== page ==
We’ve already touched on necessary repetition–these are the unavoidable actions in your routine: commuting, cooking dinner, caring for animals/children, doing certain types of work, etc. Habits are (and I may be splitting hairs here) removed from this definition. In general, I find these to be vital daily tasks or routines, not things I develop or encourage. [Technically, any regular practice or routine is a habit, but you know what I mean.]
I recommend 3 principal strategies for creating positivity around necessary routines:
Repetitive routines are great for mindfulness because your brain can autopilot the big stuff and focus on smaller details instead. As an action becomes routine, try to notice different elements of the experience. Does the sun hit the buildings a certain way during your morning commute? Is there a special smell to your favorite lunch spot? What does the dog food sound like hitting the bowl?
At first, this may seem silly, but routine actions are one of the few times our senses aren’t overwhelmed with too much information. Searching out the small details can help you feel more present and engaged with your body. (I know this sounds very new age-y, but as a writer, I find that focusing on my senses instead of abstract ideas is very helpful for balance and happiness.)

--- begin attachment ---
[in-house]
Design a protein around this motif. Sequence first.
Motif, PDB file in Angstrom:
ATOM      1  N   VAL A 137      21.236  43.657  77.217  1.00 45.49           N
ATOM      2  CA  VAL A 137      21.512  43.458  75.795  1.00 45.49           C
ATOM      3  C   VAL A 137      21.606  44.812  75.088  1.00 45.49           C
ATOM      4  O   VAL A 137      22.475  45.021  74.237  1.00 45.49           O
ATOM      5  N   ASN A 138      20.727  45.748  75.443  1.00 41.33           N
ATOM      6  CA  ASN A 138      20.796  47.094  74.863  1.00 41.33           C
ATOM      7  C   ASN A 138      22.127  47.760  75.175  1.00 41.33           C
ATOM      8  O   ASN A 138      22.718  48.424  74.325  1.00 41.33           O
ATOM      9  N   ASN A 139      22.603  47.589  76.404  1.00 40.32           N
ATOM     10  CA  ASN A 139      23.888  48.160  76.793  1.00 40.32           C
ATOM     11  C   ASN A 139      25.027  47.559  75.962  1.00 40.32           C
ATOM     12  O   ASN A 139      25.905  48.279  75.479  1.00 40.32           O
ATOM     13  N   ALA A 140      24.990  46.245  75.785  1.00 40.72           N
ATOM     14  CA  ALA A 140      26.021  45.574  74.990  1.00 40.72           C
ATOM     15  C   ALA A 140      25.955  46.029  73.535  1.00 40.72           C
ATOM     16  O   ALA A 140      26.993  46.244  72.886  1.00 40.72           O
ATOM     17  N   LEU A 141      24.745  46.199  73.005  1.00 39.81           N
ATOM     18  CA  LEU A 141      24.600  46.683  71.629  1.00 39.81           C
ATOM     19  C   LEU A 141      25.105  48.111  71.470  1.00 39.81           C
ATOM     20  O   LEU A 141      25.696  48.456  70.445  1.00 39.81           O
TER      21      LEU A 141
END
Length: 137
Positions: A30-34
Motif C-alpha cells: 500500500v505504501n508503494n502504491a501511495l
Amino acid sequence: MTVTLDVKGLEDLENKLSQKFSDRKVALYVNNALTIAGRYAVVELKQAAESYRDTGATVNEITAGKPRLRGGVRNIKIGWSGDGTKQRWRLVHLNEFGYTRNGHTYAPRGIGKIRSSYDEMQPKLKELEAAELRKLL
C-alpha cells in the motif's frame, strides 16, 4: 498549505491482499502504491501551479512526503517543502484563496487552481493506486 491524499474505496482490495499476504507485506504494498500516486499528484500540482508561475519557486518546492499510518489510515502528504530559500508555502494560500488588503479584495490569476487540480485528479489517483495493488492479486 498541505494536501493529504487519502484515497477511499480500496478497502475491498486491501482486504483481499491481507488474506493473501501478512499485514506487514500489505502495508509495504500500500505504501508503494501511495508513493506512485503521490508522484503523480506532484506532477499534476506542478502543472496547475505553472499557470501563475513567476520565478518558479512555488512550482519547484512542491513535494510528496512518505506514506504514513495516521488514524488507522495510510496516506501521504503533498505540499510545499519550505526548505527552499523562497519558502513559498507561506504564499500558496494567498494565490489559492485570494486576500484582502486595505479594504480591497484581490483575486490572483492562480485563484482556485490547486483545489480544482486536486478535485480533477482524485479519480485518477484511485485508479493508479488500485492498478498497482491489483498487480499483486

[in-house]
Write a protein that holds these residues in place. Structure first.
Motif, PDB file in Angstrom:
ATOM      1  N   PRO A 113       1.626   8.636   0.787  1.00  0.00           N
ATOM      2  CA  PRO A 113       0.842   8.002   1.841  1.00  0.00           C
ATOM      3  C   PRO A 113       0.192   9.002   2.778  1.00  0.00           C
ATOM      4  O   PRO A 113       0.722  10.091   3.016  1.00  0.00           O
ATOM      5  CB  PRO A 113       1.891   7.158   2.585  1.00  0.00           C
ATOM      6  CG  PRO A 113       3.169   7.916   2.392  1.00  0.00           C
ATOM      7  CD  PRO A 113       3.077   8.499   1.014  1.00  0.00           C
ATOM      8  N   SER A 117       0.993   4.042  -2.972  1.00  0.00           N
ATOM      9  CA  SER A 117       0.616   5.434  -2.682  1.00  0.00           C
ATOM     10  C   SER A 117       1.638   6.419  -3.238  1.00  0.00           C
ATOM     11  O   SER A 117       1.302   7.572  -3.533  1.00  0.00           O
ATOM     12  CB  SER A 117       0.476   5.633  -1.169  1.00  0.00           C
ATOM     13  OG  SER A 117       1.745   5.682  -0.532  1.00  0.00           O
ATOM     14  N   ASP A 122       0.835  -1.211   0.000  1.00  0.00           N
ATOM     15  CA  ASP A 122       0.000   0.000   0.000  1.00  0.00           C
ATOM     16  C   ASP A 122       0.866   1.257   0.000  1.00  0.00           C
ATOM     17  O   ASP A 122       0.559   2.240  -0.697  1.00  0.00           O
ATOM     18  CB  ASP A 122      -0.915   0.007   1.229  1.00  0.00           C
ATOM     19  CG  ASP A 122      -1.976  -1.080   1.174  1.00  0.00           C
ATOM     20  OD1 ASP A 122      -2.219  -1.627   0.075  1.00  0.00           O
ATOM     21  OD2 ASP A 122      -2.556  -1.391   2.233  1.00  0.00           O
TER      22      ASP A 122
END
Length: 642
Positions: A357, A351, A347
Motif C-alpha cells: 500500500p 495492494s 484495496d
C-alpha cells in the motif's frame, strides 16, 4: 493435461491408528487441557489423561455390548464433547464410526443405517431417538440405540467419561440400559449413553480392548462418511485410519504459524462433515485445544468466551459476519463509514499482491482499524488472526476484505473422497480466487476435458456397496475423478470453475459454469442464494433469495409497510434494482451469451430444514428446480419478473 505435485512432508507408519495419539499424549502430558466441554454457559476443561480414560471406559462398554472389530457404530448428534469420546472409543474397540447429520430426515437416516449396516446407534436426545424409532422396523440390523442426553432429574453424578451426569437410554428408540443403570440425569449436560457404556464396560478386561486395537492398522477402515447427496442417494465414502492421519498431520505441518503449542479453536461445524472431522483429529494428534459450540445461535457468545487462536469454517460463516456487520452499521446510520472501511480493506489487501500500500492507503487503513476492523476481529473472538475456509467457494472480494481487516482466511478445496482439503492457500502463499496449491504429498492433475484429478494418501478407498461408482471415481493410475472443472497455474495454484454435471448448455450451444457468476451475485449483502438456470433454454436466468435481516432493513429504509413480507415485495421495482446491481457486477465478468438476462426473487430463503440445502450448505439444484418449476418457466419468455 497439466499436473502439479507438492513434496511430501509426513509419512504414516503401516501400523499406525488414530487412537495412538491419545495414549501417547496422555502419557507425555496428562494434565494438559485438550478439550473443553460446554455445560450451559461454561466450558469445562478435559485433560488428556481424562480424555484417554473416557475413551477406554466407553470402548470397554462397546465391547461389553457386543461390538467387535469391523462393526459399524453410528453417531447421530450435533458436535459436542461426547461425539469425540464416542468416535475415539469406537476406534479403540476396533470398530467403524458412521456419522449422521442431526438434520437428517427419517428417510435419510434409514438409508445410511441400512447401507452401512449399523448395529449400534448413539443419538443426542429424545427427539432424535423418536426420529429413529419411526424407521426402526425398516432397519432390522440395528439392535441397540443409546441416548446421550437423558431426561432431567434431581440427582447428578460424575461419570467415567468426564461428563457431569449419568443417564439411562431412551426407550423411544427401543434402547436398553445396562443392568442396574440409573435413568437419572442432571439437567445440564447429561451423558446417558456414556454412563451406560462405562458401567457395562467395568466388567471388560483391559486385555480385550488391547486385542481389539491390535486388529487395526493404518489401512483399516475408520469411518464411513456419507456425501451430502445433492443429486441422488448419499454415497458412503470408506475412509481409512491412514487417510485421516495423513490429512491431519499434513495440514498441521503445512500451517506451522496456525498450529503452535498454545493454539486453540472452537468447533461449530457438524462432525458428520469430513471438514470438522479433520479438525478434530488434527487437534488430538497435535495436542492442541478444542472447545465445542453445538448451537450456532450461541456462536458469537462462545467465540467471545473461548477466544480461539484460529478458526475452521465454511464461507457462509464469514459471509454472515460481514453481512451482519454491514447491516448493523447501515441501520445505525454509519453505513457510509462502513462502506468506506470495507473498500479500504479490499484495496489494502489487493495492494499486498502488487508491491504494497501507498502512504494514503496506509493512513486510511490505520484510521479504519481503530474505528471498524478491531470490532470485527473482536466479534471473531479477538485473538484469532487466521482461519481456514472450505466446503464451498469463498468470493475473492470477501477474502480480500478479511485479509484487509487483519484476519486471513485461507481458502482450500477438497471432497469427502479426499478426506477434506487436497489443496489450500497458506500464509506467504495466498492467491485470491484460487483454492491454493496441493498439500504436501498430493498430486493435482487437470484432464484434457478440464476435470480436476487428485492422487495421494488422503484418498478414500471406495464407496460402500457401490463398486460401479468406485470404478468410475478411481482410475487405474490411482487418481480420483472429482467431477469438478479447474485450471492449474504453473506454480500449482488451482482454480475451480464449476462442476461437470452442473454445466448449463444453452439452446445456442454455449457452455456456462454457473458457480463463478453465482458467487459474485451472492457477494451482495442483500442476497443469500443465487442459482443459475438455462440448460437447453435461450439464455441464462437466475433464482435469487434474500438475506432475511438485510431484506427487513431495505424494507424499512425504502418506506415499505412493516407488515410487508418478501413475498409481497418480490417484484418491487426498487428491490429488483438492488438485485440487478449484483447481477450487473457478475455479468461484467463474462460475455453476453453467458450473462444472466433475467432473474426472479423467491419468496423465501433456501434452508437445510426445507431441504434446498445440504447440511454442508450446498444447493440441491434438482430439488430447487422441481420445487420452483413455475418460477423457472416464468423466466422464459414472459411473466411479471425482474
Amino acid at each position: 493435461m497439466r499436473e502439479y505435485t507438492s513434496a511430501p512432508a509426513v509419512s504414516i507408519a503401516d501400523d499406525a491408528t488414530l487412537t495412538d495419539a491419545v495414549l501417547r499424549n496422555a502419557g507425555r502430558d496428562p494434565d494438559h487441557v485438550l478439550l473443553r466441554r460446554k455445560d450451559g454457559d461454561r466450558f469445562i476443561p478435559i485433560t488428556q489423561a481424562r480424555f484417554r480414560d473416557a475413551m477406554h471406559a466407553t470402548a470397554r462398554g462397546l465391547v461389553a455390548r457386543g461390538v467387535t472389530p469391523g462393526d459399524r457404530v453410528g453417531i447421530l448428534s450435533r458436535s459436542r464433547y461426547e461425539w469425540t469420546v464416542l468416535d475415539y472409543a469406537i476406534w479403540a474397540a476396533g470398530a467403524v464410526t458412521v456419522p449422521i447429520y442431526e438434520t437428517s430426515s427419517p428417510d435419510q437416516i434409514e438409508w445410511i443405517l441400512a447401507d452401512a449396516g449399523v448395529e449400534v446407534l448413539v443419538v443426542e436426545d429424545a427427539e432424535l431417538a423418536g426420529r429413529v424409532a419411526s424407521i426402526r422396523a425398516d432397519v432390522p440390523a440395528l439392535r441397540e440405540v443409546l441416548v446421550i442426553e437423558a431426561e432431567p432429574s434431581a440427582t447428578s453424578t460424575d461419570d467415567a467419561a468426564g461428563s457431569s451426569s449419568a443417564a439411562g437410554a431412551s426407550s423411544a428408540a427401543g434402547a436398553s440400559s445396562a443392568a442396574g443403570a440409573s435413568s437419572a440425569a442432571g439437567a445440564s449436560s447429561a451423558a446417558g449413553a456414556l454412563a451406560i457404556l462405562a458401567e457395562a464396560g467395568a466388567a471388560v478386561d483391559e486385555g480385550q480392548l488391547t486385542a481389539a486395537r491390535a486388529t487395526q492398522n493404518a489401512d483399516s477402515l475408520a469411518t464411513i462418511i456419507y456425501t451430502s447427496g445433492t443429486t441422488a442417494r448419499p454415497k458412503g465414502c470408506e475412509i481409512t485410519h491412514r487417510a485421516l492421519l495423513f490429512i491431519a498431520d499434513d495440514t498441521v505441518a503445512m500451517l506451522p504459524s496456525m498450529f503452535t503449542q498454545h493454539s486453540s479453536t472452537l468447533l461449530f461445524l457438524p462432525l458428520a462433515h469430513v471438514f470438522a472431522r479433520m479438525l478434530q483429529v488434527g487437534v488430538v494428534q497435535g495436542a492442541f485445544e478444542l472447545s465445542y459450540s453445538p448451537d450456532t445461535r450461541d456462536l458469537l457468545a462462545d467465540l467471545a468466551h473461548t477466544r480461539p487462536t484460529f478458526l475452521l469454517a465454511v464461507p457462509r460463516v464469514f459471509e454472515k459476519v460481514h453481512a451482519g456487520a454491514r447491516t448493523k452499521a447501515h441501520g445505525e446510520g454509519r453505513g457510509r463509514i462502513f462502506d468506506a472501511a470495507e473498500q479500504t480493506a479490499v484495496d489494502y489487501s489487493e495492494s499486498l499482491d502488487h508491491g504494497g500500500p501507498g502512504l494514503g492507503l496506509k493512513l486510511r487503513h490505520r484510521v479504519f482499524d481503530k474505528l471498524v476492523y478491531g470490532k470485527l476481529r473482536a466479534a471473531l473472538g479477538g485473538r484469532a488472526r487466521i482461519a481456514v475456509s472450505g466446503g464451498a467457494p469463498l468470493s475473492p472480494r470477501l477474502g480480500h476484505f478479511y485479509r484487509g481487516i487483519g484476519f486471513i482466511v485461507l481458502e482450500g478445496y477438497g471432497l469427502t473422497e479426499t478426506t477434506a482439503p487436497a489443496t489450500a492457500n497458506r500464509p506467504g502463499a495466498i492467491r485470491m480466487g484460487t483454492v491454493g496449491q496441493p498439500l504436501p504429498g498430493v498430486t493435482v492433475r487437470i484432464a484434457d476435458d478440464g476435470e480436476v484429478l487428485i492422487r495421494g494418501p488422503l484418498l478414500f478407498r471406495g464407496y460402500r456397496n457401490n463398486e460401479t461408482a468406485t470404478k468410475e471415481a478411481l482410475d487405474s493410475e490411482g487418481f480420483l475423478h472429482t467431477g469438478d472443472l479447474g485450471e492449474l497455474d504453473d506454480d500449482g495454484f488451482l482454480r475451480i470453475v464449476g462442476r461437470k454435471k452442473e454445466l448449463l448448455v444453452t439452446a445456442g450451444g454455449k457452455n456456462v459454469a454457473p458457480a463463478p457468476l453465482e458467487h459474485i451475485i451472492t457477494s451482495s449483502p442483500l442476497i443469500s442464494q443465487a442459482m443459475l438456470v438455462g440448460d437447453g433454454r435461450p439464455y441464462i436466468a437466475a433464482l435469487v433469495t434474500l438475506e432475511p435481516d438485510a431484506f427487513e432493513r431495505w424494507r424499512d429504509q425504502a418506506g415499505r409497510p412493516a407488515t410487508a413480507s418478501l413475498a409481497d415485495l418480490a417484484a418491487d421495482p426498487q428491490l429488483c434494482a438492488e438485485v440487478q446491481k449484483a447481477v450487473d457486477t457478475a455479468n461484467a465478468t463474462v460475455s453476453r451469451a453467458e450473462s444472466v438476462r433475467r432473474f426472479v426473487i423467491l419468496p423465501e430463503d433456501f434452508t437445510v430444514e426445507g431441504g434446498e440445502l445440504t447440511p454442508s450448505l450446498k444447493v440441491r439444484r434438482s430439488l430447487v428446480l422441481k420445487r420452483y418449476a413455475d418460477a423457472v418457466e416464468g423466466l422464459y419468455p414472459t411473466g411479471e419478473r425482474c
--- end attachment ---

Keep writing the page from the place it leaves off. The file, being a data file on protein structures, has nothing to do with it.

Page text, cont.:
My favorite examples: sunrise over the downtown bridge on my morning commute; the smell of acorns crushed underfoot during autumn walks; squirrels playing in the trees next to the parking lot at work.
This is, quite possibly, the strategy that works best for me. Pairing combines two actions/experiences, often one negative and one positive, with the probable outcome of masking the negative emotion with the positive feeling. In this case, it starts with a question. When you notice a routine, particularly one that you’re unhappy about, ask “How could I multitask during this time?”
When your goal is productivity, multitasking does not help. But most routines don’t require high-level productivity. Start with the primary sense engaged by the activity. If it’s visual, you can probably supplement with something aural. If it’s verbal, you may be able to supplement with something tactile. If it’s tactile, you can probably supplement with aural or verbal. And so on.